The counterfeit lawsuits that scoop up hundreds of Chinese Amazon sellers at once

Sun Qunming had no idea that the word “airbag” could be trademarked.  Sun, who owns an e-commerce company of 13 people in Shenzhen, China, has been selling phone cases to Amazon buyers in Europe and the US since 2016. But last year, her business ground to a halt. One of her products has air-filled bumper…
The counterfeit lawsuits that scoop up hundreds of Chinese Amazon sellers at once

“It started as a normal way to defend intellectual-property rights,” says Ning Zhang, an attorney in the US who has represented Sun and other sellers in similar situations. But over the years, Zhang says, she has witnessed the IP violation claims getting increasingly baseless. “It doesn’t matter if [the claims] have any merits—you can just sue [the sellers], freeze their accounts, and force them to negotiate with you to take their money back.”

Staking trademark violation claims

Chinese products have long been associated with counterfeiting and intellectual-property theft. This is not without cause. In 2022, 60% of the counterfeit goods seized at US borders, by value, came from China. 

But IP rights and counterfeiting have become much blurrier concepts in the age of third-party e-commerce markets. Traditionally, counterfeit goods profit off established brand names by riding on their name recognition. Not all trademarks are recognizable names, though; some just look like descriptive terms.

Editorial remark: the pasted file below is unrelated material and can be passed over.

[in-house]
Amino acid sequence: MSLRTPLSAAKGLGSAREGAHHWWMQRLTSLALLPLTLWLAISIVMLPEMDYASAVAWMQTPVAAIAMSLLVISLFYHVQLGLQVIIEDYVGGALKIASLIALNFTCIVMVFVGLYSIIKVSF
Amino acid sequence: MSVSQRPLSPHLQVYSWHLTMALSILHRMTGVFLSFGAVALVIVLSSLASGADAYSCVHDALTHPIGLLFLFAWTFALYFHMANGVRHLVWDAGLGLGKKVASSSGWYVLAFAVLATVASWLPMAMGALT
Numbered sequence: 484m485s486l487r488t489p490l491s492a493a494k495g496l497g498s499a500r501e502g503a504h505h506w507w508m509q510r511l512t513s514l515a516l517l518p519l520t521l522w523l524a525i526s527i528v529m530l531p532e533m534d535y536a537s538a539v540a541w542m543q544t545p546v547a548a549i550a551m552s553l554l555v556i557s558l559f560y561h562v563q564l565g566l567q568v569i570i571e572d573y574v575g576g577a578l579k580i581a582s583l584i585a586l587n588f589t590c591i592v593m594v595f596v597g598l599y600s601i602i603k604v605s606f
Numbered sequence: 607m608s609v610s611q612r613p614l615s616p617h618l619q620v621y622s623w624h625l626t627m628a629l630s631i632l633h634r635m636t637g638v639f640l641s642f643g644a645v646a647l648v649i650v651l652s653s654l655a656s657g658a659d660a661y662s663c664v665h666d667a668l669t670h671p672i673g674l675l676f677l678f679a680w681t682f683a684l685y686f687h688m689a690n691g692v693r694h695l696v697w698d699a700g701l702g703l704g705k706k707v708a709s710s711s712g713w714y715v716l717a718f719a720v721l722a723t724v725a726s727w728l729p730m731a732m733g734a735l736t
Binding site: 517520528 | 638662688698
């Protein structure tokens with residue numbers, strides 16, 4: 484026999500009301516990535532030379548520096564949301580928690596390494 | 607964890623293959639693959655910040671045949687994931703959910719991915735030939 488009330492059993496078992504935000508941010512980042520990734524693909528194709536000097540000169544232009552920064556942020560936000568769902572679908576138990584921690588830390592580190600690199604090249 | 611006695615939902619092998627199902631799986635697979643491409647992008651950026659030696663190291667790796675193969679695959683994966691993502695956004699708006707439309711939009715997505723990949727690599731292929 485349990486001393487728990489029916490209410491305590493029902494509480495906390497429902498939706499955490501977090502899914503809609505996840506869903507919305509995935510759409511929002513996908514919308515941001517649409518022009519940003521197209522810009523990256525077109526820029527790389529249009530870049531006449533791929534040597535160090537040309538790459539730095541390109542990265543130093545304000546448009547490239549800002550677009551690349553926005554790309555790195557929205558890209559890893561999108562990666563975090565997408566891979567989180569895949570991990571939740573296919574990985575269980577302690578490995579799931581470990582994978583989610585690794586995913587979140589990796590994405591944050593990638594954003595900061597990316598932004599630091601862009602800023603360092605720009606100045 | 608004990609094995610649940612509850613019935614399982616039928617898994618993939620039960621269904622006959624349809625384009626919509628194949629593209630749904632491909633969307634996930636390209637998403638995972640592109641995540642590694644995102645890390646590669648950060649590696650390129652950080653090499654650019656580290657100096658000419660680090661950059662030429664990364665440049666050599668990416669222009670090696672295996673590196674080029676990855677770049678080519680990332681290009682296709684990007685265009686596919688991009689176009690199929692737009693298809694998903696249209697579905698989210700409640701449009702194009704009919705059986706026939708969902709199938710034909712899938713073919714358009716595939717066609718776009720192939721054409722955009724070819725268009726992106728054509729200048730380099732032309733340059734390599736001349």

In November 2020, PopSockets, a US company that designs phone cases and other accessories, applied to trademark the term “airbag” under the category of “hand grips, stands, mounts, and cases adapted for handheld electronic devices.” The company has products that use air-filled components, but examples of the word’s use to describe similar features also existed before the trademark. The application was approved a year later, on November 9, 2021. 

Sun Qunming says she had used the word “airbag” before to describe other phone cases she sold without causing any trouble. And she admits she didn’t check whether it was trademarked this time. “If it’s an uncommon word, we will look it up in the trademark database to see whether it’s registered. But in terms of ‘airbag,’ the reason why I didn’t look it up was because I thought it was just a descriptive term. You see it everywhere,” she says. 

The plaintiff, however, claimed in the lawsuit that defendants like Sun “deceive unknowing consumers by using the POPSOCKETS Trademarks without authorization … to attract various search engines crawling the Internet looking for websites relevant to consumer searches for PopSockets Products.” PopSockets declined to comment for this story.

These sorts of lawsuits first appeared on the radar of Eric Goldman, a law professor at Santa Clara University School of Law and co-director of the High Tech Law Institute, in 2021. A German company that owns and licenses the word “emoji,” he discovered, had sued an estimated total of more than 10,000 e-commerce sellers from 2020 to 2021. Some of the parties sued had simply used the word to describe a product that actually included the image of an emoji. But the court decisions are working in its favor. In one of the dozens of cases, the judge found the copyright claim too expansive but nevertheless awarded the owner $25,000 in statutory damages from each of the 231 sellers being sued. 

Goldman, in a paper published in March, calls this type of lawsuit a “Schedule A Defendants Scheme” (or “SAD Scheme”). When these cases are filed, the names of defendants are put into a document, Schedule A, that is often immediately made confidential at the request of the plaintiff. As a result, the cases can involve hundreds of sellers at the same time, yet the sellers don’t know who else is being sued, and they usually don’t know they are being sued themselves until the court orders Amazon to freeze their accounts.